At this time of the year, despite many uncertainties in the world, I, as president of the IJC, see many reasons to be grateful. It is now Hanukkah. Viewing things first from a longer perspective, I am grateful for the Maccabee revolt 2,300 years ago against the Greco-Syrian King Antiochus. That king was trying to make the Jews abandon their faith and instead worship the Greek gods. Without that revolt, there would not be a Jewish religion today.
Around the High Holidays, I often point out to my non-Jewish friends and acquaintances that it is Jewish New Year. Many times the response is to ask whether there will be a big party. Of course, they are thinking that Rosh Hashanah is celebrated like the calendar new year on December 31/January 1. I sense I disappoint them when I say Rosh Hashanah actually is a solemn observance with much time in shul linked to a 10-day reflection period culminating in day of repentance, Yom Kippur.
Prague holds a special place in Jewish history. On April 26th, making a conscious link to that history, the European Reform/Liberal Jewish movement (EUPJ) held opening ceremonies for its four-day Prague conclave at a very special location: the Smetana concert hall in the Municipal Hall, an art nouveau treasure. This was the first major Jewish meeting held there since the 18thWorld Zionist Congress in August 1933 (see photo).
The plan for Shabbat morning on October 27th at the Tree of Life synagogue in Pittsburgh was something I would recognize as president of IJC. Or L’Simcha, one of the three congregations sharing the building, was holding its regular service but would top it off with a baby naming. What a nice way to introduce a new member of the congregation, draw in the family of the newborn and tighten the bonds linking all members. There would also probably be a nice celebratory kiddush. But events took another course and October 27th became a black day, a day of infamy.
Our civilization at its core is run on principles and values. In the rush of daily life, they can be overlooked or forgotten. Being reminded of them is well worth it to individuals and society in general. They allow society to see things in a wider context and hopefully avoid sacrificing them by, for instance, confusing means with ends. I found a good example of this in my recent tour of Washington DC.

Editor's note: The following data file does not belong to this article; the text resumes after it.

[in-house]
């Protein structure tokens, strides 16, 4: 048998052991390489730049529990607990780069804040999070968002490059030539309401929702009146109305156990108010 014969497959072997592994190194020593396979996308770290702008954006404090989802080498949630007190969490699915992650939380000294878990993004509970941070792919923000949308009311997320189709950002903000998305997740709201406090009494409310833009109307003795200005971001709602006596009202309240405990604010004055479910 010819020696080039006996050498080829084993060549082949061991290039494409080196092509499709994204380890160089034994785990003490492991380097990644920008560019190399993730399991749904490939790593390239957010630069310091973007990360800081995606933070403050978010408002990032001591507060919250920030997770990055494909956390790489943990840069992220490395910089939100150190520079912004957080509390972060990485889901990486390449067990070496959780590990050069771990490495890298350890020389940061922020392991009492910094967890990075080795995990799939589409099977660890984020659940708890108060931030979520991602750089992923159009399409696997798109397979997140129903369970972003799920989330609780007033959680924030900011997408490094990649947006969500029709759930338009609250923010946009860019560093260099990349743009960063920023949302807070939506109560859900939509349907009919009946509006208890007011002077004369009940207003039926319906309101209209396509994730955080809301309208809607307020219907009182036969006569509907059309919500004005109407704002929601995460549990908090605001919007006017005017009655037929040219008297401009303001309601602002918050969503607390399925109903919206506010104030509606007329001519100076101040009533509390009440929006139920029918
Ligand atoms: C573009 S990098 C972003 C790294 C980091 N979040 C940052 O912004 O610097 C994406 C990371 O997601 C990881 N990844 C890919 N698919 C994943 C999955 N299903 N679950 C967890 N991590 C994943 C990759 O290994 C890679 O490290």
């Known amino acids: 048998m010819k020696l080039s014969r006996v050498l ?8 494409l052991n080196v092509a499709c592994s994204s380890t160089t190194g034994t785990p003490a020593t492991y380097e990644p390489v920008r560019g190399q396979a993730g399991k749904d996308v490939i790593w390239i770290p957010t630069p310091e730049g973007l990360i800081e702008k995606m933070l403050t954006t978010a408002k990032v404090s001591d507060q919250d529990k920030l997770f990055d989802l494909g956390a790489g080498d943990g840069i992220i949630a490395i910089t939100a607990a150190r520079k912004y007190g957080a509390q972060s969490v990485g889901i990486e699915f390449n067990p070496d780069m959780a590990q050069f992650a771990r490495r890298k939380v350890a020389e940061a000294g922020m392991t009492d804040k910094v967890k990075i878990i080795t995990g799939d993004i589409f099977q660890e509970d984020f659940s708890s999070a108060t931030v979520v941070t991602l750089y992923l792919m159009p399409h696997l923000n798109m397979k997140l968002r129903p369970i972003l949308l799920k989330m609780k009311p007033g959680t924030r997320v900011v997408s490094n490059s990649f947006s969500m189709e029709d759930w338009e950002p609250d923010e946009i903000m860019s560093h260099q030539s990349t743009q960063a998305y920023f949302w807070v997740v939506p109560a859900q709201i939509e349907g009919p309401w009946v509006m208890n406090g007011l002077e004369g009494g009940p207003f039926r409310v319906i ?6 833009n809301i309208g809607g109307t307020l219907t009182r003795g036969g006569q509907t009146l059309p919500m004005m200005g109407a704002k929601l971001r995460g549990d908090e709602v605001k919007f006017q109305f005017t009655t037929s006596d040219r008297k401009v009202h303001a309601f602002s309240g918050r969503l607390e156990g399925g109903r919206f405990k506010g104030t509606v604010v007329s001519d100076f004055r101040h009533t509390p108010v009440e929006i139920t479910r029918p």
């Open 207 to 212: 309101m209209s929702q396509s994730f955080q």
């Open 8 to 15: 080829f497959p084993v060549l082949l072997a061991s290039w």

Holding Havdallah potluck dinners 15 years ago was the basis for founding the IJC. The dinners attracted a large group which demonstrated clearly the need for an English-speaking progressive shul in Brussels. Last weekend, to mark the end of the summer season, the IJC held another Havdallah potluck as a BBQ in the backyard of my home outside Antwerp. Again, we attracted a large number of attendees - over 60 with all age brackets represented.
The IJC is on a journey whose path at times is unclear. Founded in 2003, the IJC has been a home away from home - a Progressive Jewish home - for a very diverse, multilingual set of congregants. IJC’s membership changes each year because of its nature - to a large degree made up of expats who move in and out of Belgium. Yet, even though the membership roll changes, the IJC ‘feeling’ remains the same – very open to newcomers, very tolerant to different forms of Judaism and often very intimate in its services, its school classes and its holiday events.